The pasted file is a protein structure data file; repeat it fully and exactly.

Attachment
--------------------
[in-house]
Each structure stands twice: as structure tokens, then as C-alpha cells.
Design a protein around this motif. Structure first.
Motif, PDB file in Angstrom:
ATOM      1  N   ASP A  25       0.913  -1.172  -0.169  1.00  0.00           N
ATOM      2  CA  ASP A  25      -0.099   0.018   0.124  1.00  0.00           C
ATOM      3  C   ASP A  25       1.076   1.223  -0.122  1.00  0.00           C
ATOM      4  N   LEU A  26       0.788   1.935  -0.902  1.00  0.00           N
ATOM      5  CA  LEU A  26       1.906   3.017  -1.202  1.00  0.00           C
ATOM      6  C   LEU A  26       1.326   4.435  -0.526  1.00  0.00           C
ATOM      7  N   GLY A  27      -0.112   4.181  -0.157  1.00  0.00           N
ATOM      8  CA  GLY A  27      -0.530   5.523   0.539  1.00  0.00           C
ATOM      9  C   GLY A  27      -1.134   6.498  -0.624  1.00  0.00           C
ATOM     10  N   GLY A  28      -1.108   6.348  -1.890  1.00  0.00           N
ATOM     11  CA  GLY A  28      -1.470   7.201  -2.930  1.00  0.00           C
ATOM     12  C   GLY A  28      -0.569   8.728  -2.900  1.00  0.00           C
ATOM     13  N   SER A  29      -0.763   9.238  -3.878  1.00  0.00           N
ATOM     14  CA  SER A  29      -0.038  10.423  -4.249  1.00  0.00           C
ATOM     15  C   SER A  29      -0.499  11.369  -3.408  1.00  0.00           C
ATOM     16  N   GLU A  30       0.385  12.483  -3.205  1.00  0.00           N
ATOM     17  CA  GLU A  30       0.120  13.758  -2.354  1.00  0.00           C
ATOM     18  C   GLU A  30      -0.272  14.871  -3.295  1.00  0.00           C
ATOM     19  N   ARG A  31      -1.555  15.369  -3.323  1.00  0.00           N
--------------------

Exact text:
[in-house]
Each structure stands twice: as structure tokens, then as C-alpha cells.
Design a protein around this motif. Structure first.
Motif, PDB file in Angstrom:
ATOM      1  N   ASP A  25       0.913  -1.172  -0.169  1.00  0.00           N
ATOM      2  CA  ASP A  25      -0.099   0.018   0.124  1.00  0.00           C
ATOM      3  C   ASP A  25       1.076   1.223  -0.122  1.00  0.00           C
ATOM      4  N   LEU A  26       0.788   1.935  -0.902  1.00  0.00           N
ATOM      5  CA  LEU A  26       1.906   3.017  -1.202  1.00  0.00           C
ATOM      6  C   LEU A  26       1.326   4.435  -0.526  1.00  0.00           C
ATOM      7  N   GLY A  27      -0.112   4.181  -0.157  1.00  0.00           N
ATOM      8  CA  GLY A  27      -0.530   5.523   0.539  1.00  0.00           C
ATOM      9  C   GLY A  27      -1.134   6.498  -0.624  1.00  0.00           C
ATOM     10  N   GLY A  28      -1.108   6.348  -1.890  1.00  0.00           N
ATOM     11  CA  GLY A  28      -1.470   7.201  -2.930  1.00  0.00           C
ATOM     12  C   GLY A  28      -0.569   8.728  -2.900  1.00  0.00           C
ATOM     13  N   SER A  29      -0.763   9.238  -3.878  1.00  0.00           N
ATOM     14  CA  SER A  29      -0.038  10.423  -4.249  1.00  0.00           C
ATOM     15  C   SER A  29      -0.499  11.369  -3.408  1.00  0.00           C
ATOM     16  N   GLU A  30       0.385  12.483  -3.205  1.00  0.00           N
ATOM     17  CA  GLU A  30       0.120  13.758  -2.354  1.00  0.00           C
ATOM     18  C   GLU A  30      -0.272  14.871  -3.295  1.00  0.00           C
ATOM     19  N   ARG A  31      -1.555  15.369  -3.323  1.00  0.00           N